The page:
Sunday, October 4, 2015

Jesus: Married With Children? (Part 2)

Question: Could Jesus have been married? And could he have had children?

Part 1 is available here.

TWH: The Gospels do not present Jesus as being married or as having ever been married. Since the Gospels focus on the ministry of Jesus, a period of roughly three years, and pay special attention to the last week of that ministry, some have speculated that Jesus could have been married at some point in his life, before or after the beginning of his public ministry, and possibly widowed prior said period. One thing that I love about this question is it is one of the major points of Jesus' life that scholars are actually in agreement with one another, and that includes scholars all across the theological spectrum.

Did you know that a Mormon once suggested that Jesus was married? He proposed in 1857 that Jesus had a polygamous relationship with the two Mary's, Martha, and others. In fact, he even told a congregation, to whom this message was delivered, that the wedding at Cana recorded in John 2 was one of Jesus' weddings. Now you can guess why a Mormon might be interested in a married and polygamous type of Jesus. I point it out because (1) it's interesting historically speaking, (2) to show that this isn't something associated exclusively with the antireligious (though I believe Mormonism to be a cult), and (3) it shows this isn't really a new phenomenon (i.e., we can't tie it to the penning of The Da Vinci Code in 2003).

There is nothing, though, in the historical Gospels (Matthew, Luke, Mark, and John) that indicates that Jesus was married or ever had been. Let me just offer a few comments.

First, Jesus' support and affirmation for traditional marriage (e.g., Matt. 5:32; 19:9-10; 22:23ff.) is not equal to having been married. In other words, he did not have to be married in order to hold such convictions.

Second, we have to be very careful when we say that there were cultural obligations in the first century that were in actuality nothing more than cultural norms. Socio-cultural studies of any century of human history are important and enlightening for interested parties, but socio-cultural studies should be viewed as anything other than black-and-white. When we see things like "people in the first century were obligated to get married," is that really accurate? I don't think so. Most people get married. That's normal. And there might have been some serious questions raised if someone didn't get married in a culture where it was normal. But we can't say that because something was normal that all things fit into that mold. We can find many reasons to explain why Jesus would not have been married (e.g,. the death of Joseph and the need to care for his mother, brothers, and sisters until the beginning of his ministry, at which point another brother would have become of age to support the family).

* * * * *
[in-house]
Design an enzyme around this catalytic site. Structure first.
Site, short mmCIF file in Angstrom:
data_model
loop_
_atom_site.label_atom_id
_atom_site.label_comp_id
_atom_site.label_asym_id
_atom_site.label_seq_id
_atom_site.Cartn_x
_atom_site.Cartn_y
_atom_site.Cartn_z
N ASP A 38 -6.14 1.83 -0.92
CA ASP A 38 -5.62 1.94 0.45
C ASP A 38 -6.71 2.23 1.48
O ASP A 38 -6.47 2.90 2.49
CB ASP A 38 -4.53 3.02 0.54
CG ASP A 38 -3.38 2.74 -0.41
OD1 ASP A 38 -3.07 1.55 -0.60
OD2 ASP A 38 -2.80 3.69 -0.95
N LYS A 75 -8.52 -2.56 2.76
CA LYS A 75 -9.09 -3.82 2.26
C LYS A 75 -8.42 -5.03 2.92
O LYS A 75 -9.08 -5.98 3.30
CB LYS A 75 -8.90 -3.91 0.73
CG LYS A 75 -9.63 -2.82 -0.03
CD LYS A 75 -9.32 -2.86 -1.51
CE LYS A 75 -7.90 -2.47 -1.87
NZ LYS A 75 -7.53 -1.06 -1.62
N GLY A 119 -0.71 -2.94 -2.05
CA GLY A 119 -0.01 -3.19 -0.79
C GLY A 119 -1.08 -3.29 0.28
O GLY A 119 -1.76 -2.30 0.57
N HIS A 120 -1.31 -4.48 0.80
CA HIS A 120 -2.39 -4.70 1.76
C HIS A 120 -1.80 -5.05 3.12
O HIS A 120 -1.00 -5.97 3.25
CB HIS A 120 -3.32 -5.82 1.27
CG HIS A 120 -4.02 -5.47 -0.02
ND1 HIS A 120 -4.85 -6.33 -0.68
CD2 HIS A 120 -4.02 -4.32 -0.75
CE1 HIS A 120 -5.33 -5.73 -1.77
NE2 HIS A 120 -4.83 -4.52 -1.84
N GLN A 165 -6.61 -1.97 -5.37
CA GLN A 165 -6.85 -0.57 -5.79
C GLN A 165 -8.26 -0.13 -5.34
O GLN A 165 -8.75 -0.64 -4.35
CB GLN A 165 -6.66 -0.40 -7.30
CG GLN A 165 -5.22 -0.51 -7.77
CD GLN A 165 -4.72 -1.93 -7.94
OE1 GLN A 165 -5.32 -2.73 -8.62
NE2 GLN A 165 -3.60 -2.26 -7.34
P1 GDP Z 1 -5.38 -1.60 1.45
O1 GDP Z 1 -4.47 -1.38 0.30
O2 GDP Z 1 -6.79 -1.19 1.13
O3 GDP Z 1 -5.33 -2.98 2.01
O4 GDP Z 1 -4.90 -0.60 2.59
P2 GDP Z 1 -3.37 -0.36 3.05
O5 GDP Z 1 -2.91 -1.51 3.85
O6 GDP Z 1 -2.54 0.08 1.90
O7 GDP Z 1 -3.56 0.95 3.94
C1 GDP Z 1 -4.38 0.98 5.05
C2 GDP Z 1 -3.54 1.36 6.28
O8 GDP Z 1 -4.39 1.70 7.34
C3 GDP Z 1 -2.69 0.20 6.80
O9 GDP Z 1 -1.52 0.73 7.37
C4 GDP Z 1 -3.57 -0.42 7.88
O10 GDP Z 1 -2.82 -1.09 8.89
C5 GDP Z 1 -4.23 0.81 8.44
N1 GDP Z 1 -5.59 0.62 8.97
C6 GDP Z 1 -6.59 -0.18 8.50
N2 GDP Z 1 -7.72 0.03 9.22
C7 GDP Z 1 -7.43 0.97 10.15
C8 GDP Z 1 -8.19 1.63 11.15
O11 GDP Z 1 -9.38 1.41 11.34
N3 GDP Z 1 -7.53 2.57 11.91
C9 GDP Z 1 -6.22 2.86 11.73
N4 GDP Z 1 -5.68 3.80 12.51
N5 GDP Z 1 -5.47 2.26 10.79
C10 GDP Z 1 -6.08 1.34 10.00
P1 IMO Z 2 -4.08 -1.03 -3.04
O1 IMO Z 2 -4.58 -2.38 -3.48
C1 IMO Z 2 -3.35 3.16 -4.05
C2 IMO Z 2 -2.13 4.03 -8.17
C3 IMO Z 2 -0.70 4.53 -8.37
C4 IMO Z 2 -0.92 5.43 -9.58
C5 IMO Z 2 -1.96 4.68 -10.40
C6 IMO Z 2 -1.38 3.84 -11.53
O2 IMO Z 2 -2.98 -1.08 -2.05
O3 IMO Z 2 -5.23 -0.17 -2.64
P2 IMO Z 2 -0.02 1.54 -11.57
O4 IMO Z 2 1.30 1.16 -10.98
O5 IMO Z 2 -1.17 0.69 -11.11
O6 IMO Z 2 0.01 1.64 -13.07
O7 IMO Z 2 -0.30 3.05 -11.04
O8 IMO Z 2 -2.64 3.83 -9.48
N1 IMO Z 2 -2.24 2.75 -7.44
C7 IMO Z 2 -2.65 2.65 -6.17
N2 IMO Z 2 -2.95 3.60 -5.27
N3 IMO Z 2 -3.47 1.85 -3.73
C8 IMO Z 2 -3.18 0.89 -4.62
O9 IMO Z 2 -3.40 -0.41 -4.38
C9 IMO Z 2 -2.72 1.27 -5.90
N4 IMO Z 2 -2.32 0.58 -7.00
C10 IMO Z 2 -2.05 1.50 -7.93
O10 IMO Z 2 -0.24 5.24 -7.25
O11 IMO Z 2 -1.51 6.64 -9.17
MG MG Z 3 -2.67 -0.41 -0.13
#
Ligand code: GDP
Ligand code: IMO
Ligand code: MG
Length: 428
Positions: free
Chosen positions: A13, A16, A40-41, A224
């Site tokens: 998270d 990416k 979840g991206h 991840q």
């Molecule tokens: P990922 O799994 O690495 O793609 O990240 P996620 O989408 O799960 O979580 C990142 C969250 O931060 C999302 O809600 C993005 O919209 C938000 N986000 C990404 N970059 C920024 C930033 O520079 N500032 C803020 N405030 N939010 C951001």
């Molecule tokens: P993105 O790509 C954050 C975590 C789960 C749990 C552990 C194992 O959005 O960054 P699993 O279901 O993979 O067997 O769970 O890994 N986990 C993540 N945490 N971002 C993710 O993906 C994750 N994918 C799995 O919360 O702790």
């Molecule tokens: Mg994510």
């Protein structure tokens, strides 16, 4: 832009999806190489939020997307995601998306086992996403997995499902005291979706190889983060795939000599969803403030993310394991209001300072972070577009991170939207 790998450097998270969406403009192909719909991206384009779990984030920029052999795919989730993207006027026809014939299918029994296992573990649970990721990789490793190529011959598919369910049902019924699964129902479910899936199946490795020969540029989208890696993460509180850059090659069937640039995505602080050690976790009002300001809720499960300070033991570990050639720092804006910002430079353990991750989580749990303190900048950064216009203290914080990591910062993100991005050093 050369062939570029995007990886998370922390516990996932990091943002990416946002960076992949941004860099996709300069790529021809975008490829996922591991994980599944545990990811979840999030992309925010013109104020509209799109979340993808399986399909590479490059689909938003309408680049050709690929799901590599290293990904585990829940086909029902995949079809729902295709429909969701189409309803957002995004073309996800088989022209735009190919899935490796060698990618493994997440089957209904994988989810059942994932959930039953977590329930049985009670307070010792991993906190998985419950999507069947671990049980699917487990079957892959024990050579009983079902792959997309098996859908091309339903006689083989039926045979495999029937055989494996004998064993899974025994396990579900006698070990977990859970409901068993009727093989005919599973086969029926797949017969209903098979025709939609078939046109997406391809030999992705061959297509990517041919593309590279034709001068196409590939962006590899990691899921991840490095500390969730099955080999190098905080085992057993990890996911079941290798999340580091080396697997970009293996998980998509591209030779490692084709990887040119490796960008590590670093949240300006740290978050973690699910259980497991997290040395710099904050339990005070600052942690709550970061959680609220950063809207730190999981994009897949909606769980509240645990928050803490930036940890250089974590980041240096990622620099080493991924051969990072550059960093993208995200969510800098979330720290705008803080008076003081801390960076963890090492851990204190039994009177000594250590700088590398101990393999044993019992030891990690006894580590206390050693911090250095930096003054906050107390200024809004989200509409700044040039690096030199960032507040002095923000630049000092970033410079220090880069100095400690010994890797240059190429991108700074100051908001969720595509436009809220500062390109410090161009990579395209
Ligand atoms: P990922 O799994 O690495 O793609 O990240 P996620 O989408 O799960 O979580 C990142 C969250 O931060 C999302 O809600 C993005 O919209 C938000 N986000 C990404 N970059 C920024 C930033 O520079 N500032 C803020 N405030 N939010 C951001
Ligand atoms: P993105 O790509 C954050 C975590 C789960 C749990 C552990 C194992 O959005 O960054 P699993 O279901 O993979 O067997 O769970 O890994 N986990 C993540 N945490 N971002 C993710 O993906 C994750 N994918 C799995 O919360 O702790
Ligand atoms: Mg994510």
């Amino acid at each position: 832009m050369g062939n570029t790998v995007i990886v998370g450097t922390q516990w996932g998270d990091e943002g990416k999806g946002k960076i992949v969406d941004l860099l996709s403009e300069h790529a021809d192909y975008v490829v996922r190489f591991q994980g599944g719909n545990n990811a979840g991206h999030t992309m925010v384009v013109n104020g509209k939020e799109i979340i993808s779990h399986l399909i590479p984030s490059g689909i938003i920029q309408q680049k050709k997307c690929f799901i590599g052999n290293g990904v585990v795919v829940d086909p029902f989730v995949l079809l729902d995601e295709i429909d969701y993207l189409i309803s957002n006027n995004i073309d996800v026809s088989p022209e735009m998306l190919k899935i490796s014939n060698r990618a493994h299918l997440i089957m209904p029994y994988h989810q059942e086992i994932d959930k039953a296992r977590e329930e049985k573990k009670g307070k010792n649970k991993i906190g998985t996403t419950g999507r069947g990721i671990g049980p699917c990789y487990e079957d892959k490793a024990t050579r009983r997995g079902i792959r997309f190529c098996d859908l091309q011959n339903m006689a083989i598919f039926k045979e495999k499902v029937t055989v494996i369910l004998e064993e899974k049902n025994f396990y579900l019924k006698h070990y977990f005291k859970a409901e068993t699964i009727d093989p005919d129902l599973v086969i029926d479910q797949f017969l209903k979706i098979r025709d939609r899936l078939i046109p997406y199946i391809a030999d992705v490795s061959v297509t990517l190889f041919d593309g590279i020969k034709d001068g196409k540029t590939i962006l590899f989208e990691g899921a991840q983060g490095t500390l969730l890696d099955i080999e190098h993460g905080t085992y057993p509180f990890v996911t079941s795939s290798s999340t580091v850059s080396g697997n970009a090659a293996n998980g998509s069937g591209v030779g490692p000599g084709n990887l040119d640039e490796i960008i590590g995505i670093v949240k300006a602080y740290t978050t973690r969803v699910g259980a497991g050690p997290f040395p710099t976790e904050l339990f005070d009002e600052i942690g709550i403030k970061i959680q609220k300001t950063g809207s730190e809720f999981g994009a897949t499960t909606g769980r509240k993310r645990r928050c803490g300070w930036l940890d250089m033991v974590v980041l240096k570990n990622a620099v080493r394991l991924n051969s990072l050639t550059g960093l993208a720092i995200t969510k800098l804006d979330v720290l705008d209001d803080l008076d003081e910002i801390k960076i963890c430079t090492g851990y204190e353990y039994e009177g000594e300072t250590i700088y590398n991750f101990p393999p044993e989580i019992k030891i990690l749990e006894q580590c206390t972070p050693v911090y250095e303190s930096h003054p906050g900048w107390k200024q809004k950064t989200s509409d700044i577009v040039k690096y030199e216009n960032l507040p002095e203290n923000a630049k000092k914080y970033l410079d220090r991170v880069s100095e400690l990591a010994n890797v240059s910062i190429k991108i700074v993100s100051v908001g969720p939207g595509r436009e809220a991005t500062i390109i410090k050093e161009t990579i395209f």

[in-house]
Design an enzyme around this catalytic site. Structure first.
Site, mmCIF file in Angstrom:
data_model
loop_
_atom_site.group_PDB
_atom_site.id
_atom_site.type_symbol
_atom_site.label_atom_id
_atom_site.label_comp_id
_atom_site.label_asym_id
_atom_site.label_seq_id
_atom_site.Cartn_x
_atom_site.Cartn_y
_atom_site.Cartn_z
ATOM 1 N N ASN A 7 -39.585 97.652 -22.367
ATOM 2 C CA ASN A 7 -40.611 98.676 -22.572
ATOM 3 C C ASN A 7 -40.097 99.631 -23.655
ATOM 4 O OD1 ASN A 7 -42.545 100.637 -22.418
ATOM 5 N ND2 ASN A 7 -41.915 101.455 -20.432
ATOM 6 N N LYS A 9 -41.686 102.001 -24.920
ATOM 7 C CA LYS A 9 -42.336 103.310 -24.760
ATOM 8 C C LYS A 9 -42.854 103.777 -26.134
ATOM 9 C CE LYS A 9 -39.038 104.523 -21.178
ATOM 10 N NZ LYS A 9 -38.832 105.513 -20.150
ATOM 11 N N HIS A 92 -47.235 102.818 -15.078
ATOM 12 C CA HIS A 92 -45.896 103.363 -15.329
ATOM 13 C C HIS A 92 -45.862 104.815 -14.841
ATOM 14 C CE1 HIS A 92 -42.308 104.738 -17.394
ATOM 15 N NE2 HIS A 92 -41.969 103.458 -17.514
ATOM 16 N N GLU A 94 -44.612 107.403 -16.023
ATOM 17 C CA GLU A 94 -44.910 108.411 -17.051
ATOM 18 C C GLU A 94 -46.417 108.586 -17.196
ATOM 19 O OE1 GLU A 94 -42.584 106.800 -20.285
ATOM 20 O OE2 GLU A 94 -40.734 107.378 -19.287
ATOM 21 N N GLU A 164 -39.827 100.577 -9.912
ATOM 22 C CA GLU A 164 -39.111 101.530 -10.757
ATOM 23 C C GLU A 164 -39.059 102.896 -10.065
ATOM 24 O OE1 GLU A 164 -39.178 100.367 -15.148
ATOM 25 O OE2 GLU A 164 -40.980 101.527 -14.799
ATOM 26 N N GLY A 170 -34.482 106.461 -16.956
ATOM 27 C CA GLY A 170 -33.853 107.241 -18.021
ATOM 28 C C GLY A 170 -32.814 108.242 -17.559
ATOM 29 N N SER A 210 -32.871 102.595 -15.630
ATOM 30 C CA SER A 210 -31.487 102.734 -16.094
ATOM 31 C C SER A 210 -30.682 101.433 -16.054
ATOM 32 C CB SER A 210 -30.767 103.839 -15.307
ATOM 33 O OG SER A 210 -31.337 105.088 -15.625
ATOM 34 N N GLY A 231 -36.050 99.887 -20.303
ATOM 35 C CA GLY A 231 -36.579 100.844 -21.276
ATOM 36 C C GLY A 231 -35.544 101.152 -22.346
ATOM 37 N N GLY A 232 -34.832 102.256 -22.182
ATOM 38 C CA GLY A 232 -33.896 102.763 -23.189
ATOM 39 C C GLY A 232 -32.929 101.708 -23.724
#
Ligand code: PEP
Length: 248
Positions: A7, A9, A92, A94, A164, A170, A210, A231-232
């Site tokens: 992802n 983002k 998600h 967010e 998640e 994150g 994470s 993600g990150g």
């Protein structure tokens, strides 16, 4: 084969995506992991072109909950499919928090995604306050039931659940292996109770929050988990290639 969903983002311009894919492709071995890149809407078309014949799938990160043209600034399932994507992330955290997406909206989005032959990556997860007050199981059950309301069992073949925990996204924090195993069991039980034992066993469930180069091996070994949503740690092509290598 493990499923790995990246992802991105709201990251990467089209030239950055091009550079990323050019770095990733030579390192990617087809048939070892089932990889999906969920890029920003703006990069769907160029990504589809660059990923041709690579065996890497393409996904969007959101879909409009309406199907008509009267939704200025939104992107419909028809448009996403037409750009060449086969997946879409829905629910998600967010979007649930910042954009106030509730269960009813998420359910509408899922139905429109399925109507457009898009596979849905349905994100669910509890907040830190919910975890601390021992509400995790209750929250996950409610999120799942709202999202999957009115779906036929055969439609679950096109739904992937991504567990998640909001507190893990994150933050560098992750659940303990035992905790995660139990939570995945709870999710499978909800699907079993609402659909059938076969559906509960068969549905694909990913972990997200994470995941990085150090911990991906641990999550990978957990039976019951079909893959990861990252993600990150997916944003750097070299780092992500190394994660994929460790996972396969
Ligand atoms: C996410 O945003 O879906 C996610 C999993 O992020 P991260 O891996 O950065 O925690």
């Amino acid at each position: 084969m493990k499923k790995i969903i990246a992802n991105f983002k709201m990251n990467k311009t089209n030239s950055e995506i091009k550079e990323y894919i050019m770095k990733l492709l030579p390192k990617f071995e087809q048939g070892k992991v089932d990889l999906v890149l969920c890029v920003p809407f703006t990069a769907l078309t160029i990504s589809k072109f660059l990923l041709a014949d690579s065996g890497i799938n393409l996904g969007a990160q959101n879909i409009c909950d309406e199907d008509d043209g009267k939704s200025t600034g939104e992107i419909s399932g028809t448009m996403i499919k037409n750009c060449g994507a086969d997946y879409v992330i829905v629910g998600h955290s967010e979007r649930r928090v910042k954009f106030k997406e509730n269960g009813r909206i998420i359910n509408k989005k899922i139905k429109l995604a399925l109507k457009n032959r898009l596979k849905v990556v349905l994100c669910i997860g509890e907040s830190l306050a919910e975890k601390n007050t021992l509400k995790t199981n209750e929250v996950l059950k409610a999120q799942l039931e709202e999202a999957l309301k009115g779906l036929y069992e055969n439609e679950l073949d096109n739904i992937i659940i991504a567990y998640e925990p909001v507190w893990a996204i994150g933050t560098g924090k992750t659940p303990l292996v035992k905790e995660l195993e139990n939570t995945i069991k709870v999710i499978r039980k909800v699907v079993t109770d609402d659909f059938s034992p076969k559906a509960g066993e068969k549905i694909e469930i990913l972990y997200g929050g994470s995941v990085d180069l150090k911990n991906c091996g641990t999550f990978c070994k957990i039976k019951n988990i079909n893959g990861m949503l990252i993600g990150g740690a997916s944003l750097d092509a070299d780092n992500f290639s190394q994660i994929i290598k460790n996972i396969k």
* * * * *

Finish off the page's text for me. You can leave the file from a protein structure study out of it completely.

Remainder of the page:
Third, the silence of the New Testament cannot be considered real evidence that Jesus was married. It's true that direct reference to the civil status of most individuals is usually assumed, but that is not a strong basis for concluding or even supporting that Jesus was married. For example, we have evidence of the marital relationship of prominent characters in the Gospels and the rest of the New Testament corpus. Think about Peter. We know that he was married from the Gospel according to John. Paul even mentions that more than one of the apostles were married and were in the habit of bringing their wives along with them on their missionary travels. Peter is definitely one of them. Paul, on the other hand, is not married. For someone that was so committed to his Jewish faith and culture, he did not marry. If Paul, why not Jesus? What do people who argue in favor of Jesus' wedded civil status do with the case of Paul? Are there two exceptions to the socio-cultural obligations of first-century Judaism? It appears so. And there are more, many more, just as Antonio pointed out in Part 1. Don't forget the Essenes and others. We have to be careful with the argument from the silence of the New Testament. The Gospels are focused on Jesus' ministry in general and in particular the last week of that ministry. Still, it seems inconceivable that these records could have avoided talking about Jesus and a wife/family if he actually had one. Truth is, they would have.

Fourth, the silence of Paul when it comes to singleness is not real evidence in favor of Jesus being married. It's true that Jesus is Paul's go-to example (and he should be for all of us). Nevertheless, Paul does not use Jesus exclusively, and he doesn't use Jesus' example everywhere he could. Think about this for a second. In Paul's view, Jesus is not single. He is betrothed to the bride, which Paul tells us is the Church (Ephesians 5). That would explain why Paul doesn't reference Jesus' singleness when he discusses that topic. For Paul, Jesus' betrothal extends to a point even before the cross. In fact, the cross is for this bride.

There's lots to think about here. Jesus wasn't married if you're asking me. And not being married, we can also conclude that he did not have any children.

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